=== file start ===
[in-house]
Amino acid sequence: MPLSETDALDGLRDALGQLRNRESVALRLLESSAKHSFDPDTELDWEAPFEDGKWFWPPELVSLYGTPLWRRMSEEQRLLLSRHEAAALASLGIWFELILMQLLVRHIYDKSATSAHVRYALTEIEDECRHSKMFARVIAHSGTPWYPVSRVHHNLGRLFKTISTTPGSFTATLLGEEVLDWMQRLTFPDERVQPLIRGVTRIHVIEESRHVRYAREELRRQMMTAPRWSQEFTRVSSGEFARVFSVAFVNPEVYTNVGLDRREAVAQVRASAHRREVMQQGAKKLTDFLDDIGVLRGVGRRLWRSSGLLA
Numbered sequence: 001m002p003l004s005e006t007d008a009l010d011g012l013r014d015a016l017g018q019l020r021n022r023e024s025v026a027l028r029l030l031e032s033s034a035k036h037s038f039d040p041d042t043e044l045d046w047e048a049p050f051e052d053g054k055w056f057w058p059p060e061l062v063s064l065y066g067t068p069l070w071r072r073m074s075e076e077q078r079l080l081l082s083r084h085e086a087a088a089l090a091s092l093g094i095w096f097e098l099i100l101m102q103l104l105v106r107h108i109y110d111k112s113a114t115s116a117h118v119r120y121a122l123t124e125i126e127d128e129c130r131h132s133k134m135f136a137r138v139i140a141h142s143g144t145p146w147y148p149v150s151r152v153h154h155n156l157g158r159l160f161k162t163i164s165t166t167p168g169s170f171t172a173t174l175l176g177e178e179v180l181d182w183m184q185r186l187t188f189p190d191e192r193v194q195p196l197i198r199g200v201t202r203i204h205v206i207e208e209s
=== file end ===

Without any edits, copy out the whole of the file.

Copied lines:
[in-house]
Amino acid sequence: MPLSETDALDGLRDALGQLRNRESVALRLLESSAKHSFDPDTELDWEAPFEDGKWFWPPELVSLYGTPLWRRMSEEQRLLLSRHEAAALASLGIWFELILMQLLVRHIYDKSATSAHVRYALTEIEDECRHSKMFARVIAHSGTPWYPVSRVHHNLGRLFKTISTTPGSFTATLLGEEVLDWMQRLTFPDERVQPLIRGVTRIHVIEESRHVRYAREELRRQMMTAPRWSQEFTRVSSGEFARVFSVAFVNPEVYTNVGLDRREAVAQVRASAHRREVMQQGAKKLTDFLDDIGVLRGVGRRLWRSSGLLA
Numbered sequence: 001m002p003l004s005e006t007d008a009l010d011g012l013r014d015a016l017g018q019l020r021n022r023e024s025v026a027l028r029l030l031e032s033s034a035k036h037s038f039d040p041d042t043e044l045d046w047e048a049p050f051e052d053g054k055w056f057w058p059p060e061l062v063s064l065y066g067t068p069l070w071r072r073m074s075e076e077q078r079l080l081l082s083r084h085e086a087a088a089l090a091s092l093g094i095w096f097e098l099i100l101m102q103l104l105v106r107h108i109y110d111k112s113a114t115s116a117h118v119r120y121a122l123t124e125i126e127d128e129c130r131h132s133k134m135f136a137r138v139i140a141h142s143g144t145p146w147y148p149v150s151r152v153h154h155n156l157g158r159l160f161k162t163i164s165t166t167p168g169s170f171t172a173t174l175l176g177e178e179v180l181d182w183m184q185r186l187t188f189p190d191e192r193v194q195p196l197i198r199g200v201t202r203i204h205v206i207e208e209s